By Linda A. Ouellette
Due to the health crisis arising from the COVID-19 pandemic, Massachusetts courts (including the Probate and Family Court Department) remain closed to the public. However, the courts are still in operation “behind the scenes.” While most hearings (including uncontested matters and trials) will be postponed or scheduled to a date when the courthouses are expected to be open to the public, emergency hearings are being conducted by telephone and videoconference throughout the Commonwealth.
But what is considered an “emergency”?
While some matters, such as restraining orders, petitions seeking a temporary guardian or conservator, and requests for injunctive relief, are obvious emergencies, there are numerous other matters that will hinge of the specific underlying circumstances. The determination of whether such a matter is an emergency necessitating an immediate hearing requires the moving party to demonstrate specific “exceptional or exigent circumstances.” Only upon doing so will a hearing be scheduled before a judge.
Emergency disputes regarding children, particularly those concerning the children’s health and safety and/or their ability to spend time with each parent notwithstanding COVID-19 restrictions, are seemingly the most likely to receive a hearing. Legitimate concerns about each parent’s ability and willingness to observe social distancing and shelter-at-home recommendations, as well as each parent’s actual or potential exposure to COVID-19, may require the court’s assistance in adjusting the parenting schedule if the parties cannot agree. However, a parent’s use of COVID-19 concerns as a pretense for denying parenting time to the other parent has been strongly discouraged by the courts and may give rise to emergency relief.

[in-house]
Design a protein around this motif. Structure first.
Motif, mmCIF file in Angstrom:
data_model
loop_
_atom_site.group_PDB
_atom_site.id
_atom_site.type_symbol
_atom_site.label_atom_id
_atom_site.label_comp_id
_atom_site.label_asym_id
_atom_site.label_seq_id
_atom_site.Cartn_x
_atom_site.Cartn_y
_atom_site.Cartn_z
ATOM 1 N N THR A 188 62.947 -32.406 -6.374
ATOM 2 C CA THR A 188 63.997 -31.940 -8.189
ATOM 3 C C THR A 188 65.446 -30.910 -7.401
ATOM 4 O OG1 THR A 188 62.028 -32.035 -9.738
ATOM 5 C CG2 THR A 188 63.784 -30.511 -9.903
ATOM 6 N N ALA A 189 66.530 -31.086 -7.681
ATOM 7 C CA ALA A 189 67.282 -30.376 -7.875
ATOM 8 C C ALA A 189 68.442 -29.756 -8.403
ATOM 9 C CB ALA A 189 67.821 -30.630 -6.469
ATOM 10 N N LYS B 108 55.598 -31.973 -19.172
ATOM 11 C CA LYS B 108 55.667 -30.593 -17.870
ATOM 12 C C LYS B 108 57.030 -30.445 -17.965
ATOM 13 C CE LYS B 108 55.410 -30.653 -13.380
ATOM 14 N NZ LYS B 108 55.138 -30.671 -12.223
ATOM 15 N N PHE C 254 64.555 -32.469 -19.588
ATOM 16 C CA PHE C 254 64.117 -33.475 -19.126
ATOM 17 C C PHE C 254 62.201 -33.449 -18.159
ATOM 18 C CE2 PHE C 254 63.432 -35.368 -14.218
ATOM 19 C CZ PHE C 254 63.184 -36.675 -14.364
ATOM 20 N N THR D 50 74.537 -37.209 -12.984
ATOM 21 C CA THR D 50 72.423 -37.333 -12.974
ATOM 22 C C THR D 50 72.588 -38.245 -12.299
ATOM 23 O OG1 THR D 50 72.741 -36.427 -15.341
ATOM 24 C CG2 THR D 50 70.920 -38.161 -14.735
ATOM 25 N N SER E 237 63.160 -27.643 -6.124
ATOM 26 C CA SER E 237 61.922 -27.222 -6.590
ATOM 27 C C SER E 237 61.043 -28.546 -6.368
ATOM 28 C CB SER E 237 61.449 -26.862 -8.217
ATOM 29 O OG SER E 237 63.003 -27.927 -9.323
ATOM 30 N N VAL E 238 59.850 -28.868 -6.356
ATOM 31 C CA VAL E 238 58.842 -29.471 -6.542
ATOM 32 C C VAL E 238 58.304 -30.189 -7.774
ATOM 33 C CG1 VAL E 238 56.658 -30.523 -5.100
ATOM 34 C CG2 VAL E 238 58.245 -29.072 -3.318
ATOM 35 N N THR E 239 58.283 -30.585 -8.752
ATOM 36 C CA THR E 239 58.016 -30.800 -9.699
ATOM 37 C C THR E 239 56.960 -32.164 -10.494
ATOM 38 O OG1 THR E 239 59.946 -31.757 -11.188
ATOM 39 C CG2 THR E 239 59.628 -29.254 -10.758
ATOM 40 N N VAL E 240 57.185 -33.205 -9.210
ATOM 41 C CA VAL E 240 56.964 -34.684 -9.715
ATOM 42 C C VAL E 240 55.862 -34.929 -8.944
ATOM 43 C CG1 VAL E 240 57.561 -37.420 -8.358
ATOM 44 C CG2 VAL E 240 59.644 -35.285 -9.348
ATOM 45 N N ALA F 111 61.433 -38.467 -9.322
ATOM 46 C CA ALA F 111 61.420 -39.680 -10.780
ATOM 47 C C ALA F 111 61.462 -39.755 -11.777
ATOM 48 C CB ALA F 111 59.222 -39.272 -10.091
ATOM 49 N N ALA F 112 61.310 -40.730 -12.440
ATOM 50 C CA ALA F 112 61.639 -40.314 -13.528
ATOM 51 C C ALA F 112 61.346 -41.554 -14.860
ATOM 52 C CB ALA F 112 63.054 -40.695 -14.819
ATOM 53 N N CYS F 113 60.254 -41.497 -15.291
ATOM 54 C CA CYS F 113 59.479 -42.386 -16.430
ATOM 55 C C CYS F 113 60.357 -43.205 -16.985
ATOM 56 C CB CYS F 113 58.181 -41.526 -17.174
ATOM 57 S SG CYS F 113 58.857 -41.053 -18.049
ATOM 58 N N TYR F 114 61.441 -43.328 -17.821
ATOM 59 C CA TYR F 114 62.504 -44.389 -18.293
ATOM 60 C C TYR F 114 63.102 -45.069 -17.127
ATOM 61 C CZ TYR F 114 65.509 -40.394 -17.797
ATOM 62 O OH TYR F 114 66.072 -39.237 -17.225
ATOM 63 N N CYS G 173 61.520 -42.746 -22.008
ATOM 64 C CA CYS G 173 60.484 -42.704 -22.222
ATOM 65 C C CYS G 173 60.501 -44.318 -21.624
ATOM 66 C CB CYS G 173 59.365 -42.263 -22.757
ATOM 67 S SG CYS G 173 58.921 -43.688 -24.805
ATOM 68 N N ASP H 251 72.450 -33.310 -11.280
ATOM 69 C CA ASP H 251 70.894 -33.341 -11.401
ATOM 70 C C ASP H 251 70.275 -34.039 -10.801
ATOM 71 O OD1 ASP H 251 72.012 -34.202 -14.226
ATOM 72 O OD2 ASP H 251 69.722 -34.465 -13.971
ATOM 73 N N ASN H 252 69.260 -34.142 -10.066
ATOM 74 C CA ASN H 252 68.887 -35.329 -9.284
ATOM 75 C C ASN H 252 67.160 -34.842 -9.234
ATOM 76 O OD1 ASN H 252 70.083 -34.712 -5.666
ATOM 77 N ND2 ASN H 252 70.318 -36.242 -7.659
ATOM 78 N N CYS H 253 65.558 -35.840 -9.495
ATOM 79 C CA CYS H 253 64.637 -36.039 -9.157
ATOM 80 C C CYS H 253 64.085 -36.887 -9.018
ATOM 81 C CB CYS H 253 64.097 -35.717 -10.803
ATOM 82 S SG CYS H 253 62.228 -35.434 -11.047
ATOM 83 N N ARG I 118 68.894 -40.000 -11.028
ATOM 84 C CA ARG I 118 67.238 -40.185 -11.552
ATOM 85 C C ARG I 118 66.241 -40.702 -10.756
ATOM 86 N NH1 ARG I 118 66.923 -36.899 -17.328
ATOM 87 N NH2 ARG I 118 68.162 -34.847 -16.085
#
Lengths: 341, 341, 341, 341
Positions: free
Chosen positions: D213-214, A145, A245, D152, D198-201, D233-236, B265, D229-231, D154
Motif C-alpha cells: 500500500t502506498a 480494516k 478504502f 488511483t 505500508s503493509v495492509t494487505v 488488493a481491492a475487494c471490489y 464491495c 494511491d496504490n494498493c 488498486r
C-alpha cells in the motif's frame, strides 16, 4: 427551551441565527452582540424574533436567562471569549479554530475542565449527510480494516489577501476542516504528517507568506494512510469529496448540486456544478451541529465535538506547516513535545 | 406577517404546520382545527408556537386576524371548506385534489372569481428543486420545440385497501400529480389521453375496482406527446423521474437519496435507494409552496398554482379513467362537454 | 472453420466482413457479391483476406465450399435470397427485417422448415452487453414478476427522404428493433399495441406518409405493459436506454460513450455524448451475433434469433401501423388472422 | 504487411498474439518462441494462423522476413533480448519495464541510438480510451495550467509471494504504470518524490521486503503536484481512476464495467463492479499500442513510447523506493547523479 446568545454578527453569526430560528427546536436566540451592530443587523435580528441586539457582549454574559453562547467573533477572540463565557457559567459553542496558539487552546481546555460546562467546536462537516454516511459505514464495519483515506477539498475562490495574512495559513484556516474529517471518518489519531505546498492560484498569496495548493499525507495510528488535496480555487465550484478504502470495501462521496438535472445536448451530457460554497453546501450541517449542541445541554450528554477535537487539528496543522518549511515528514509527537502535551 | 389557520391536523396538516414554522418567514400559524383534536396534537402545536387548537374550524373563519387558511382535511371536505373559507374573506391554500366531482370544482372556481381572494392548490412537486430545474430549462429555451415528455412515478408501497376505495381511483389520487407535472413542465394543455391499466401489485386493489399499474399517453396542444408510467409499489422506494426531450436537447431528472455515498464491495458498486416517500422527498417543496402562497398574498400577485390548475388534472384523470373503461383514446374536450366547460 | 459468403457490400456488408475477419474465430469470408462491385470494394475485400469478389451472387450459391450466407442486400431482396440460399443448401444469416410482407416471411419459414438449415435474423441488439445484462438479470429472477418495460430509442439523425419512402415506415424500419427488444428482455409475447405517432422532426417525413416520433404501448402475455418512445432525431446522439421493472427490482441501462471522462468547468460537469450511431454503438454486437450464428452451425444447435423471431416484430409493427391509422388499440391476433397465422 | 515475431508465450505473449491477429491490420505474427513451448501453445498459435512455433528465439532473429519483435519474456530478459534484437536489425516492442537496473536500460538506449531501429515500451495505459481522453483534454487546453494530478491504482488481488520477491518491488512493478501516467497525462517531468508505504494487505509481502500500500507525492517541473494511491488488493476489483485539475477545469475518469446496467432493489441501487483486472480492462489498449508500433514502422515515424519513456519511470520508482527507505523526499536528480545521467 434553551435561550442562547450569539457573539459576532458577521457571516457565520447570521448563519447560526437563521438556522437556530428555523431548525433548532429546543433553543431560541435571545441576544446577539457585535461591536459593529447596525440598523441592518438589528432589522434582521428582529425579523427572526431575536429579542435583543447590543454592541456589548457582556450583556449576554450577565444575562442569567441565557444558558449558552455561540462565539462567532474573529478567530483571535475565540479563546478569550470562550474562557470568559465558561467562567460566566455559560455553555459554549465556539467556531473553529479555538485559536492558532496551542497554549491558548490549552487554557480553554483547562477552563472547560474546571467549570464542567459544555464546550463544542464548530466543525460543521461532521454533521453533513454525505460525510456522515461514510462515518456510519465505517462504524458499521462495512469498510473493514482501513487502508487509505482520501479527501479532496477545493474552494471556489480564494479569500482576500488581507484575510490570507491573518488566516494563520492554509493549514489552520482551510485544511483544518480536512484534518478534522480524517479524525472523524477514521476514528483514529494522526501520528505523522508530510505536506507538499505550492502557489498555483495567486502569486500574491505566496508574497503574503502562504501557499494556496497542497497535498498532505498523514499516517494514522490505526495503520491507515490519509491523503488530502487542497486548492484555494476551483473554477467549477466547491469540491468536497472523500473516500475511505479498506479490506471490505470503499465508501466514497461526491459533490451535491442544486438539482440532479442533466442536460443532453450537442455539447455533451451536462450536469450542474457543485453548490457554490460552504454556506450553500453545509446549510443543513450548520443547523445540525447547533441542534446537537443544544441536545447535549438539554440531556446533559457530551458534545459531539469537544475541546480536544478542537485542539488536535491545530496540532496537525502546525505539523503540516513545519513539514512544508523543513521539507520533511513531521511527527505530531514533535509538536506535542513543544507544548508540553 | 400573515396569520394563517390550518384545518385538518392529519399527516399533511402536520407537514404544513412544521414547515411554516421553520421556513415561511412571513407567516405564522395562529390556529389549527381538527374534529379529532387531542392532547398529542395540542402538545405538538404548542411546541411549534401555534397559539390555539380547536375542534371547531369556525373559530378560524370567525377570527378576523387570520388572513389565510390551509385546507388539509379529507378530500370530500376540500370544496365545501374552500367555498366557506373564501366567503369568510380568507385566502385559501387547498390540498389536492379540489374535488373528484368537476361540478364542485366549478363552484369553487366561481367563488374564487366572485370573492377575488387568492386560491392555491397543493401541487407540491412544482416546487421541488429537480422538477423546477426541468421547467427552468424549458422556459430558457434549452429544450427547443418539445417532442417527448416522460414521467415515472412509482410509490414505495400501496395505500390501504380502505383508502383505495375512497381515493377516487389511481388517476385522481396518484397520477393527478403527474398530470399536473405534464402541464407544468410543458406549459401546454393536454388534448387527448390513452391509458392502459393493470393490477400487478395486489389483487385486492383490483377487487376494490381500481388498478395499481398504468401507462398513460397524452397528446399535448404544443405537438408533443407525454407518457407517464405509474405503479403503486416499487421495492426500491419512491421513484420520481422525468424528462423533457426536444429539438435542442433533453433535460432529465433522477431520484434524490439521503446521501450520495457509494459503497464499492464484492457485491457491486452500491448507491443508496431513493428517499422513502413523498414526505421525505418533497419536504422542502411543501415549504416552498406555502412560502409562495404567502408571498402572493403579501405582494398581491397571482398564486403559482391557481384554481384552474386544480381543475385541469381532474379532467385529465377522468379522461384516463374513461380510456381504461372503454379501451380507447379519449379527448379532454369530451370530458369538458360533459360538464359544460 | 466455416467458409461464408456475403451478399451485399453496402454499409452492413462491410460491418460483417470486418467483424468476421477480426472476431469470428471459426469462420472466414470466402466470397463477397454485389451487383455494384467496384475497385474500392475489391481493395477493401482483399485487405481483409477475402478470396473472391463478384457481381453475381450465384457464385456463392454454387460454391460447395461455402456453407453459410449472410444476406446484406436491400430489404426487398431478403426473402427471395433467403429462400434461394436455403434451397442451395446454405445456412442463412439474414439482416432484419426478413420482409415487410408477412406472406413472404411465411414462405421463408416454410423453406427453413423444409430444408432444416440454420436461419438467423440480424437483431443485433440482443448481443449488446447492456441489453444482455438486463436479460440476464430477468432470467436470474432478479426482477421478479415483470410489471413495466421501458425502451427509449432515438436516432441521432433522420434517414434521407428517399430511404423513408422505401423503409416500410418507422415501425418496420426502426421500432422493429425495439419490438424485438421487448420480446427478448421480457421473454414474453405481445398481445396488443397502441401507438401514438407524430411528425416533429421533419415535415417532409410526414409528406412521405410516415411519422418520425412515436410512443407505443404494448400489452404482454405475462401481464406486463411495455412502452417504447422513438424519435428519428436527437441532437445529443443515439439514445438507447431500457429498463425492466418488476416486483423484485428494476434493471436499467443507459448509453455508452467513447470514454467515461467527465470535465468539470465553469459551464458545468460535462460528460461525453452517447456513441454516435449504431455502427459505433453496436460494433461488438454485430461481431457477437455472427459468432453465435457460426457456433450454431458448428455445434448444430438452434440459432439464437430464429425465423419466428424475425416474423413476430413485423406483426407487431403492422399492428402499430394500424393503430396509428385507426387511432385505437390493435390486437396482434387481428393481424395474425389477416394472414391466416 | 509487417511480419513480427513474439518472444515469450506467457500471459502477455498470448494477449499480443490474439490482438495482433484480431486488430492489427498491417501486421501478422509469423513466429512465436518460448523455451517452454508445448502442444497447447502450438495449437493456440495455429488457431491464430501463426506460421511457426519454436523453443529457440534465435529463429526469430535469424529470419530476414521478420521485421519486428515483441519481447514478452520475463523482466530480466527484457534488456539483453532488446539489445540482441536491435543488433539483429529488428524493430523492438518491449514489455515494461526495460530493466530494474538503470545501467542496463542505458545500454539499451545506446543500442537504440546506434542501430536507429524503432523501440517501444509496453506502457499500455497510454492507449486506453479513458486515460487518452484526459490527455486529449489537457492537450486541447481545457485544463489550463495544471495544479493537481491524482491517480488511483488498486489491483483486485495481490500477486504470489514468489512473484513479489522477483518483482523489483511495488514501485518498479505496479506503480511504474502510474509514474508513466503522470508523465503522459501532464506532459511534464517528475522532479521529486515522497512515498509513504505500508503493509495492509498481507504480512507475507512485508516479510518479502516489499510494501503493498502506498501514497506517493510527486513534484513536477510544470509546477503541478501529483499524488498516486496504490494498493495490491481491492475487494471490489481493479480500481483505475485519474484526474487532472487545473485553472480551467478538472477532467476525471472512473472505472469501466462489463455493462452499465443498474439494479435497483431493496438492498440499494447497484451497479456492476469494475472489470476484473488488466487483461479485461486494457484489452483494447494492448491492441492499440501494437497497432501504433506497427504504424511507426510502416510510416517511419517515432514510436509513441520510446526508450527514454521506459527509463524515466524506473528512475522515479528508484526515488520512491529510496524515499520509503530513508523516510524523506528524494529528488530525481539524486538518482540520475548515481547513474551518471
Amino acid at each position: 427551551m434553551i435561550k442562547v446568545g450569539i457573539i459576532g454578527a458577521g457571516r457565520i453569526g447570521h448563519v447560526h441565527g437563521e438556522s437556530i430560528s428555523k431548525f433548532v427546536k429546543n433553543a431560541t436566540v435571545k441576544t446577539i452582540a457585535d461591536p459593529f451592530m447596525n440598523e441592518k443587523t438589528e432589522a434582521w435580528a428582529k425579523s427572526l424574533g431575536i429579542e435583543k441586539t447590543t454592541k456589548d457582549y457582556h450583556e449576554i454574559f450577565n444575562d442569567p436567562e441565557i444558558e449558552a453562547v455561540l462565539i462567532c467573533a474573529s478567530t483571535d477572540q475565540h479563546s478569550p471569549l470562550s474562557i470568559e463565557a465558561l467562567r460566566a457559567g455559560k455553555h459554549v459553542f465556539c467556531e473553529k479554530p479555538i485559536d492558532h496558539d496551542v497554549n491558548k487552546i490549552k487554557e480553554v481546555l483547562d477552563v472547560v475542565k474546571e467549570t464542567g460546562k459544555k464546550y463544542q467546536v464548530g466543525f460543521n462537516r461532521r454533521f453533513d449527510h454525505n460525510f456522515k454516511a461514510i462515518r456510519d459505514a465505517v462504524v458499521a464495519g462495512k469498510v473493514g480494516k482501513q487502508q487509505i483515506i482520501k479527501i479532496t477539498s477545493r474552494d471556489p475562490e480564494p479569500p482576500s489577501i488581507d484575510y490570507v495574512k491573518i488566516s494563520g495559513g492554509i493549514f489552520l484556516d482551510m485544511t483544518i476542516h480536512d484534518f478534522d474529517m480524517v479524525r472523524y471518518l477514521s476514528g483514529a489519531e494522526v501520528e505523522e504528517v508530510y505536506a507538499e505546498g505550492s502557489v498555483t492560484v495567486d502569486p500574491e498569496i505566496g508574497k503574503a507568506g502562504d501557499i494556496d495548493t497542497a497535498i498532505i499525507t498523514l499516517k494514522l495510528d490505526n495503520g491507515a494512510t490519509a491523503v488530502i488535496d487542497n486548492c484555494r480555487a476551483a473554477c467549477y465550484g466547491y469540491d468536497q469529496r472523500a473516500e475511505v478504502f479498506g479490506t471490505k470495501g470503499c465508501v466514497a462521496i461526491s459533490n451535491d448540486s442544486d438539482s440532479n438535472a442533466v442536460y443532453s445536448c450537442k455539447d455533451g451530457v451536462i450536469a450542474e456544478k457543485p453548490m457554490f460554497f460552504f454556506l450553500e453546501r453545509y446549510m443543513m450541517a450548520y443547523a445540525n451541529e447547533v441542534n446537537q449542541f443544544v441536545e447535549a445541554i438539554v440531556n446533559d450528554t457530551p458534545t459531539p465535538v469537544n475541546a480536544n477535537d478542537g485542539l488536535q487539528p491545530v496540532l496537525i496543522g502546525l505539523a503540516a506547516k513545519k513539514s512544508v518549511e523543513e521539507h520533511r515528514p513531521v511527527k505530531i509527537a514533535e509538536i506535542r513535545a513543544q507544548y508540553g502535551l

Certain financial issues may also need to be addressed at emergency hearings during the pandemic. These may include requests for modification, reduction, or suspension of alimony and/or child support orders due to the payor’s unemployment or recent business shutdown as well as contempt actions to address a party’s failure to pay support. The courts are being inundated with these types of requests, especially as the economic fallout from COVID-19 continues and worsens, so the specific circumstances will matter greatly. Building a strong case for an emergency hearing is the key to relief during the ongoing pandemic. The vast majority of these cases will unfortunately need to be heard when the courthouses re-open to the public, with judges addressing periods of nonpayment in orders granting retroactive relief.
Whether the issues are financial or non-financial, it is up to the litigant (and the lawyer) to distinguish his or her case from the multitude of others presenting similar issues. In most of the probate and family courts, sessions clerks, judicial case managers, and judicial secretaries are acting as the “gatekeepers” on requests for emergency hearings -- screening cases and deciding whether there is sufficient “emergency” to require an immediate hearing. The courts in each county are also handling emergency matters according to their own individual policies and standing orders, and they are not always consistent from county to county. Identifying and connecting with the proper personnel at each courthouse is critical.
The various COVID-19 orders and policies of the probate and family courts can be found here.
The attorneys in the Family Law Group at Lawson & Weitzen, LLP are available by e-mail, telephone, and videoconference to assist in scheduling and representing clients at emergency hearings and handing all of your family law needs during, and after, the COVID-19 pandemic. Don’t hesitate to contact us to see how we can help.